Click here for more information about interpreting Canada’s MAiD legislation.

* For an exception specific to Quebec, see below


What are the key safeguards for MAiD?

A person who wants MAiD must meet the criteria set out above and follow the steps set out below.

  • A request for MAiD must be signed by two witnesses.
  • Two providers independent of one another must confirm that the eligibility criteria have been met.
  • Ten days must pass between the day the request was signed and the day MAiD is provided (unless death or loss of capacity is imminent in which case the waiting period can be shortened or eliminated).
  • Consent must be reconfirmed immediately before MAiD is provided. This means that MAiD cannot be provided to individuals who requested it when they were competent but are no longer competent, i.e., there can be no advance requests for MAiD.


Who is accessing MAiD and how often?

The most recent official data on MAiD in Canada can be found here.
The most recent official data on MAiD in Quebec can be found here.


How is MAiD in Quebec different from MAiD in the rest of Canada?

An additional legal framework for MAiD applies in Quebec and is set out in An Act respecting end of life care.

The key differences between the federal and Quebec legislation re: MAiD are the following:

  • Canada allows physicians and nurse practitioners to provide MAiD while Quebec only allows physicians
  • Canada allows provider- and self-administered MAiD while Quebec only allows provider-administered.

A key difference between Quebec and the rest of Canada that results from a court case is that as a result of the Truchon decision and extensions to the deadline for the decision to come into effect, individuals in Quebec who meet all of the eligibility criteria under the federal legislation except “natural death has become reasonably foreseeable” can apply to a court for judicial authorization for MAiD until February 26, 2021 (at which point the Truchon decision will take effect).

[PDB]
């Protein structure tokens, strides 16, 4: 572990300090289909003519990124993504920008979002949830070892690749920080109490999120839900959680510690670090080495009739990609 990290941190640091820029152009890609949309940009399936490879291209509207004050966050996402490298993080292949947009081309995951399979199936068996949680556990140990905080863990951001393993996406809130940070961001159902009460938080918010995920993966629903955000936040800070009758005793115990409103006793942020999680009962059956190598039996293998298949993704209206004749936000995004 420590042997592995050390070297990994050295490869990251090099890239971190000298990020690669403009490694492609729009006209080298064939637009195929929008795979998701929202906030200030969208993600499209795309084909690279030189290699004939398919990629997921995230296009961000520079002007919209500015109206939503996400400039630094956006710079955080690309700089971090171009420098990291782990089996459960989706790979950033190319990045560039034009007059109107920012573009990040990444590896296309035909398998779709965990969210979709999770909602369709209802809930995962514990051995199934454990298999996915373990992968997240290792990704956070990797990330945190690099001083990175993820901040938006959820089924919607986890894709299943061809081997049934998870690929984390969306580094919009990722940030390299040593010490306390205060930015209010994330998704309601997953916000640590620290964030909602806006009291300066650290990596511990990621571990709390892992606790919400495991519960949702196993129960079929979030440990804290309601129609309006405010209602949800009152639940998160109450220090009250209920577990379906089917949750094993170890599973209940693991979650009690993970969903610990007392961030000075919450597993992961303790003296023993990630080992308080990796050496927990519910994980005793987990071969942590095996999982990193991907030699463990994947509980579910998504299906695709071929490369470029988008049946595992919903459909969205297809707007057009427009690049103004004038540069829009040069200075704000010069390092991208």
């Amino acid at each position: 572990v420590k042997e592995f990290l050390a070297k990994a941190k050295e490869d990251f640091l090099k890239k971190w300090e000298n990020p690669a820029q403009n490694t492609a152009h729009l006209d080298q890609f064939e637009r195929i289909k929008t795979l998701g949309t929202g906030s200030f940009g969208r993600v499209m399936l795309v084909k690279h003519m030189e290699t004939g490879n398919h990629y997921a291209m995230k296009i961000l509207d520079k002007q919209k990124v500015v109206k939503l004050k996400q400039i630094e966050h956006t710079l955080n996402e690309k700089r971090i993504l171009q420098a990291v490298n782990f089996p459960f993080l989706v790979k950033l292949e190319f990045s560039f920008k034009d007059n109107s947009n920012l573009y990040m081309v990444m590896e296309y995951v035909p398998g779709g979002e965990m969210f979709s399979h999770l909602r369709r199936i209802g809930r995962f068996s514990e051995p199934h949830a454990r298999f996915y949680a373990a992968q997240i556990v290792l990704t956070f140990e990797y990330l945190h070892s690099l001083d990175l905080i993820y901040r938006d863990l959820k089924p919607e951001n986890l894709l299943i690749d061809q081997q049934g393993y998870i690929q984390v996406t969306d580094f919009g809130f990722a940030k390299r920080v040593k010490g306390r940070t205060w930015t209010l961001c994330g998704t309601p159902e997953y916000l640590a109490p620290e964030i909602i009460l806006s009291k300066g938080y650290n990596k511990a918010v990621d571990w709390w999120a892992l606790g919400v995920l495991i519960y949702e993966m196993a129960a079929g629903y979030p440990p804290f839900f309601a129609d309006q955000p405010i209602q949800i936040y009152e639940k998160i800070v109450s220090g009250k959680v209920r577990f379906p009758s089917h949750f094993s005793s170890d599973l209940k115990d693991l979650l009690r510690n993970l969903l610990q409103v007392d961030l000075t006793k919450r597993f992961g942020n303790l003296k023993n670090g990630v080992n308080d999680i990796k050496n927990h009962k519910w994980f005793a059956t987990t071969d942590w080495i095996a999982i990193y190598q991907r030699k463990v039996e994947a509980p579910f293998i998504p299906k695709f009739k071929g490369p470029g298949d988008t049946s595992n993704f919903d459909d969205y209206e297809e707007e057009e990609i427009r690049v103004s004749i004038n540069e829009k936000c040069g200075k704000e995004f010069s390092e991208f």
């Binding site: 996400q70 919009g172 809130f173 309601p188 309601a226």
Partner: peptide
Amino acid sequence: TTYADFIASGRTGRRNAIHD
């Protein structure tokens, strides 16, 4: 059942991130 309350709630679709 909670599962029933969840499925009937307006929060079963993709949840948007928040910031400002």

How is MAiD in Canada different from MAiD in other parts of the world?

The key differences between Canada and other places that allow MAiD are:

  • unlike anywhere else, nurse practitioners are allowed to provide MAiD
  • unlike the American states, provider-administered MAiD is allowed
  • unlike the American states, access to MAiD is not limited to those who are terminally ill
  • unlike the European countries, whether suffering is intolerable is assessed entirely by the person

Links to legislation, case law, data, and other sources of information on MAiD in other parts of the world are available here.


A Deeper Dive into MAiD in Canada

Much more detailed information about MAiD in Canada is available by clicking on the links below:

Legal History

Major MAiD Court Cases

Charter challenges to federal and Quebec MAiD legislation

Freedom of religion/conscience cases

Third parties trying to prevent someone from accessing MAiD

Provincial/Territorial MAiD Legislation, Regulations, Programs

Health Professional Regulatory Body Guidelines, Standards, and Disciplinary Decisions

Clinical Guidance Documents

Major reports